I have had flowers once for Valentines Day, my boyfriend who subsequently became my husband bought me a bunch of anemone. They were handed to me with aplomb and pride, they were the most beautiful jewel like colours, with wilting heads they had not seen water for an hour or two. But I felt very special, after all I was only 21 years old.
My working day involves helping couples resolve relationship issues. One intriguing aspect of this work is the unspoken expectations people may have of one another. When it comes to Valentines Day, do we send anonymous cards to our loved ones, do we expect to get one in return, do we sulk if we don’t. Is there an expectation that each year we will routinely send a single red rose to show the love one person may have for another. Perhaps we expect these gifts as a declaration of our love for one another. But maybe its the gift of togetherness and acceptance of one another is the greatest gift of all.
I was shopping in a large supermarket this week and spotted the large bunches of beautiful Red Roses. My instinct is to check the scent, alas there was none. These roses were perfect in shape and form and had an almost unnatural look about them.
I recently acquired a small book, The Prophet by Kahlil Gibran. This short excerpt is relevant to us all who love and love gardening.
‘Go to your fields and gardens, you shall learn that it is the pleasure of the bee to gather honey of the flower,
But it is also the pleasure of the flower to yield its honey to the bee. For to the bee the flower is a fountain of life,
And to the flower a bee is a messenger of love,
And to both, bee and flower, the giving and the receiving of pleasure is a need and an ecstasy’
I chose this cottage because it is a Home literally in the middle of nowhere on the Isle of Arran Scotland. It has no electricity and the water supply is from a stream nearby. It is home to someone who left a message to say they had sailed away and will be back one day. It is called Lagan Cottage which is close to Lagan Farm once the home of the McMillan family. Harold McMillan was Prime Minister of UK.
This was taken on the Isle of Arran on the west coast of Scotland. It sits on the edge of the Ben Tarsuinn Ridge and can be seen for miles. It is composed of well weathered granite and lots of imagination. I think it is nature showing us how unique she can be.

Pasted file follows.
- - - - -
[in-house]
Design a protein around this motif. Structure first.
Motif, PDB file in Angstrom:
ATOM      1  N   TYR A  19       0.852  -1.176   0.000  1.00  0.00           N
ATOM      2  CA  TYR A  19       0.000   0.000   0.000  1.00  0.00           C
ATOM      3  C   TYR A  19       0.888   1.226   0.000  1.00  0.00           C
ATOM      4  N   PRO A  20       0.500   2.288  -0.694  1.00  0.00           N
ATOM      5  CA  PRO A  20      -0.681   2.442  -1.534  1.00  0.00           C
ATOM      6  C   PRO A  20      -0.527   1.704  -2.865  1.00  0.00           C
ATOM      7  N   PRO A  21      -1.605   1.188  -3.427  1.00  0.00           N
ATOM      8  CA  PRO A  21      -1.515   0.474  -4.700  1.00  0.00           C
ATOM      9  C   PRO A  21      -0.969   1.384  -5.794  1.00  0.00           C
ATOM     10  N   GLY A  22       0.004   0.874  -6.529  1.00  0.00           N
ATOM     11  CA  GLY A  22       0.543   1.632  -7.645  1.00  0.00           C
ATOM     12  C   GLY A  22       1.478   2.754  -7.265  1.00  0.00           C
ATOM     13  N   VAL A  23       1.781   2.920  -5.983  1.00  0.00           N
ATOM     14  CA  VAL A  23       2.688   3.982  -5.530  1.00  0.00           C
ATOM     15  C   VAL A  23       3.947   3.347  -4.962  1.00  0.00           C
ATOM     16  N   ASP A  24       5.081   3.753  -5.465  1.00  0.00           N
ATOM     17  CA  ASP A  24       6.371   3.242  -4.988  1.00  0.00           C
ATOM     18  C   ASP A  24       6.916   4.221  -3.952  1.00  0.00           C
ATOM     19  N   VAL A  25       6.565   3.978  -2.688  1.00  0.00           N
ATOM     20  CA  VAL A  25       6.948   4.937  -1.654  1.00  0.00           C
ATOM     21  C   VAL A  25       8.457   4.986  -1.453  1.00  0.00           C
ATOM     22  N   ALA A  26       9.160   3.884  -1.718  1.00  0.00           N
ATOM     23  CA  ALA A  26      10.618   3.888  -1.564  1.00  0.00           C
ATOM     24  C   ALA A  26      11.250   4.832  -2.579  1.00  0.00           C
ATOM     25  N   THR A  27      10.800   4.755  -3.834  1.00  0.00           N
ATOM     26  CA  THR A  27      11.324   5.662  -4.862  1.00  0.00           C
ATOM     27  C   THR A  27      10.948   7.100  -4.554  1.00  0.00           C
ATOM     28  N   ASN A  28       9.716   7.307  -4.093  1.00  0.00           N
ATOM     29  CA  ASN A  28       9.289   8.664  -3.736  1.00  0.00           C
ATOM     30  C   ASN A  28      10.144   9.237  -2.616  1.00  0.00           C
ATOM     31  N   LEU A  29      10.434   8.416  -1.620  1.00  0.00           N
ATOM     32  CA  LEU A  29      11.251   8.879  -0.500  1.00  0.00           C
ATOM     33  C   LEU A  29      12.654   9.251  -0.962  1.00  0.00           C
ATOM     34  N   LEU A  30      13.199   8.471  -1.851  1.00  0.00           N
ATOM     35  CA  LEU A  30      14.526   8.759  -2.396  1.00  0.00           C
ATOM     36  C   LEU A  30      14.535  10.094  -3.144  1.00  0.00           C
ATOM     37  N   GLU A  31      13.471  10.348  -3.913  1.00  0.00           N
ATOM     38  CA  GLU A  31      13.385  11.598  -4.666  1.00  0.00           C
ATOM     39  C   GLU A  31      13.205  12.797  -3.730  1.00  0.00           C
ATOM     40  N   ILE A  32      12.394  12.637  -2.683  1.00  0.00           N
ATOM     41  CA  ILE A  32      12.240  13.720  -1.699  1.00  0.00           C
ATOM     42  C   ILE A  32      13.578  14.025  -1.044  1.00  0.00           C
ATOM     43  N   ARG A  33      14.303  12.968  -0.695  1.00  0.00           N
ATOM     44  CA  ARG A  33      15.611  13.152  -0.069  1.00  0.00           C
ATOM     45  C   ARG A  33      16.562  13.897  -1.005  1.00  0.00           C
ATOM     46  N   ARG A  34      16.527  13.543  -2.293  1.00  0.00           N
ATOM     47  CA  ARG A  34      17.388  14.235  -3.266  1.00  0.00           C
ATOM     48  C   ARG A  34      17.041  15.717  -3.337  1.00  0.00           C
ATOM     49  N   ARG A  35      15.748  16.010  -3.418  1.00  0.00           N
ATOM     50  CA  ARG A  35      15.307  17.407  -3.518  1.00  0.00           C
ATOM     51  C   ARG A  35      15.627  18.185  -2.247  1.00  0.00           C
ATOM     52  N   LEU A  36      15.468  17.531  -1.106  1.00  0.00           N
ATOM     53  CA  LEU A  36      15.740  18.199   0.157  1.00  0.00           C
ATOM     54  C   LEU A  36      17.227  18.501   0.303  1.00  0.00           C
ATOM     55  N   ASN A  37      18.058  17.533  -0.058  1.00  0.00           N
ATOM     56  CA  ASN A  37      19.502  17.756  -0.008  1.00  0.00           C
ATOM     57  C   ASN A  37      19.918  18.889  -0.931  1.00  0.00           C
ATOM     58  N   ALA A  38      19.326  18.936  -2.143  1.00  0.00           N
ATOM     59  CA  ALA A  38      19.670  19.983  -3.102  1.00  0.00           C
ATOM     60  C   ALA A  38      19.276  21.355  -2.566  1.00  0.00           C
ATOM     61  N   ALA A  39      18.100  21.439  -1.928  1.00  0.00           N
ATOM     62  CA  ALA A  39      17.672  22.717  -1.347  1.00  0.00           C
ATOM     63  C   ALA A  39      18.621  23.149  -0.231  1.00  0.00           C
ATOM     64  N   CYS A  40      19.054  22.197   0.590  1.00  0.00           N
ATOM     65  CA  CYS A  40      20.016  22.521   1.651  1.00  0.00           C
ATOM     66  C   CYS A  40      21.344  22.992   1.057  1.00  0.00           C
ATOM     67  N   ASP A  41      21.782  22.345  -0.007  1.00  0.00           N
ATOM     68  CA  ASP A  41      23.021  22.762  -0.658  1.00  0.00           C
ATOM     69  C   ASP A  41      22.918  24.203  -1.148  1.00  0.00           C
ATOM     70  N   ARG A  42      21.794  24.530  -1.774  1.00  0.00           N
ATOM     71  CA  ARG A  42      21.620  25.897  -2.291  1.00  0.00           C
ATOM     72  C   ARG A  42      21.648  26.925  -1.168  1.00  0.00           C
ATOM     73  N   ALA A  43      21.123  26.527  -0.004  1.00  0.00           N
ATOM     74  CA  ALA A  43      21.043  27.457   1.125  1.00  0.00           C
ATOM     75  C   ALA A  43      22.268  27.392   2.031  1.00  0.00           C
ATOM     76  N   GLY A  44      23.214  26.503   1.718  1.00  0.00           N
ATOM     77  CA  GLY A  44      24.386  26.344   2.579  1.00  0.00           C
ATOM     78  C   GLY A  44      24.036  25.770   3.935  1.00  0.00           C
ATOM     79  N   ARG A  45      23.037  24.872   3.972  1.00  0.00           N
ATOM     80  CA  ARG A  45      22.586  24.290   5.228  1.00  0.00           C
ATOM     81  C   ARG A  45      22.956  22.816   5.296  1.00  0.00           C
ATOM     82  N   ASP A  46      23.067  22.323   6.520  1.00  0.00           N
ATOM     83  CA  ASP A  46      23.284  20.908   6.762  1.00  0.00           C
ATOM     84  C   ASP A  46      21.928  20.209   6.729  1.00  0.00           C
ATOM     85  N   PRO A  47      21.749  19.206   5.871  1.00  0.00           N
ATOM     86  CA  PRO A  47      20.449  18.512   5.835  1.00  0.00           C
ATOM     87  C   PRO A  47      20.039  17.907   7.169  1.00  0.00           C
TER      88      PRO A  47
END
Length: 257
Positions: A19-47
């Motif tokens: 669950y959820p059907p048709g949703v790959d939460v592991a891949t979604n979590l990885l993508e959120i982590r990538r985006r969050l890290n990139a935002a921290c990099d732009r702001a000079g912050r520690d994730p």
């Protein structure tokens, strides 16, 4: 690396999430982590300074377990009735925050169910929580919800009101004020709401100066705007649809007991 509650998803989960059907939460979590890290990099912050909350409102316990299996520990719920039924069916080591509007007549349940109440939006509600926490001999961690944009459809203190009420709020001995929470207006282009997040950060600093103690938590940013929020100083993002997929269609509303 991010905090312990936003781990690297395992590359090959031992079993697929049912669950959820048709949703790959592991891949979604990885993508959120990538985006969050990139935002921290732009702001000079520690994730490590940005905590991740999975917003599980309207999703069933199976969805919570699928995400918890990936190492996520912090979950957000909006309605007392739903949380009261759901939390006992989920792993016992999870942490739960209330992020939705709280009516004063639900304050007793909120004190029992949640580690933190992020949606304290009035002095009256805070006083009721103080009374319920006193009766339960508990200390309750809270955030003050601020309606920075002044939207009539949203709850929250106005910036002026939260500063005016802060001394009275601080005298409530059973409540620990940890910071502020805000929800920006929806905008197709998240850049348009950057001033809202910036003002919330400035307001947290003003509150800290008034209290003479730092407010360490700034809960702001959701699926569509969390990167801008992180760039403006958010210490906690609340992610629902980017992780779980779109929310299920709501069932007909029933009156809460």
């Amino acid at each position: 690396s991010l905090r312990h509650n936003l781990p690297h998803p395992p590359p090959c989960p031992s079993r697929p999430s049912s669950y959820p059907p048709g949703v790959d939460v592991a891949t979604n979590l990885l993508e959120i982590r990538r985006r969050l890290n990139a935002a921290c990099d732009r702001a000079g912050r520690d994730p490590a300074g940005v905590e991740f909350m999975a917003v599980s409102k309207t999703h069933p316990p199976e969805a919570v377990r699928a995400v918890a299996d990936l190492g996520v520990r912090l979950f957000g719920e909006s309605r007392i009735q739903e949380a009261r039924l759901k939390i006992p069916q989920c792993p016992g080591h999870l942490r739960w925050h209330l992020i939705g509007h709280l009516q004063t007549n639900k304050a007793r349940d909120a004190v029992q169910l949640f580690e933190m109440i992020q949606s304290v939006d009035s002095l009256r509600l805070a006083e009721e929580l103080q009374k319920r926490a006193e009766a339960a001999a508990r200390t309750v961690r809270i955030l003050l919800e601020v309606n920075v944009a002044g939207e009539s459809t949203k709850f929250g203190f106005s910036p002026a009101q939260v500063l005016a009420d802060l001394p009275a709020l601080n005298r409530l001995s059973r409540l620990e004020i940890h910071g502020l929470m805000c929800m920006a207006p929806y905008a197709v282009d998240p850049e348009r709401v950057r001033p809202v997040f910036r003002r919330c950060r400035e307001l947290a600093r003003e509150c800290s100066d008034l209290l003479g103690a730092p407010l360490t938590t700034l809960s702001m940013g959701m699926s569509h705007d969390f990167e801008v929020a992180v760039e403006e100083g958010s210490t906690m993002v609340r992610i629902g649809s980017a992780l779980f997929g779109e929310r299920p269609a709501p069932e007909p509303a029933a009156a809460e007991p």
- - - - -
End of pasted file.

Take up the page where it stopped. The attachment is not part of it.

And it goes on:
Out for a long walk yesterday I brought my new camera with me to experiment and play with my new toy. I realise I love photographing fungii and unusual shapes. The shape of the moss covered log reminded me of a wild boar just resting after a truffle hunt. The wood itself is an area I have been running through for many years. Having the opportunity to take my time and take in the smells of the damp forest floor, with its leaf mould to die for. It is possibly centuries old there is evidence of an old iron age fort there. A standing stone nearby called the Devil’s Quoit, it is sometimes shrouded in ivy wreaths and wild flower chains, possibly from Winter Solstice or Mid Summer Celebrations. I came across the fungus and could not resist the opportunity of a picture. I love the shape of the cups, for me it has memories of fairytales when I was a child. The sphagnum moss was a lovely contrast to the red colour of the inner shell of the fungii. The moss with its filaments with tiny seed heads I had not noticed whilst framing the picture. We made our way onto the lily ponds, with its winter residents Goosander and Goldeneye swimming up and down in pairs with a sense that courtship was being displayed. The causeways leading onto the lily ponds have been flooded recently and not accessable a sign of climate change, even so it is the most beautiful part of Pembrokeshire even on a cold day in January.
I just can’t quite remember that last time we had a day of sunshine. We have had a bit of, now you see me now you don’t but nothing constant. I am itching to spend time in my garden to get an overview of its shape and form once again. I am observing how trees create a wonderful framework to a space. They majestically hold their own, taking ownership of the space both above ground and of course sending their masterful roots beneath the ground to gather moisture. My garden is bordered on two sides by traditional British trees, Hazel that produce cob nuts, Sycamore aka the Pembrokeshire Weed, Ash and Hawthorn sprinkled here and there. The Ash trees must be well over fifty years old judging by the girth. I have concerns about the aggressive new disease caused by the fungus Chalara fraxinea that is affecting Ash and I am keeping a good eye on my prize possessions. Another beautiful tree I have an affinity for is the Birch Tree or Betula. The Betula pendula were already established in the garden when we moved here thirty five years ago in March. The previous owners planted three trees in close proximity and since they are shallow rooted have suffered from dry spells we have had in recent years. They are such graceful trees and enhanced by interesting bark. My favourite has got to be Betula utilis var jacquemonti, its the Armani of trees, its slender and stylish and definitely stands out from the crowd with its glorious white bark. Some purists actually wash the bark to keep it pristine, alas, I am not a bark washer. Finally the largest tree in my garden is a beautiful oak, we found it growing from an acorn when we moved here. It graciously stands sentry like in the back garden protecting the Garden Room. It delightfully accepts a hammock slung from its strong branches in warm, dry weather. I cannot quite remember the last time I managed that, but I am hopeful.I have just ordered Anna Lewington Ancient Trees to learn more about the mythical and religious significance of trees. Something to look forward to in the coming weeks.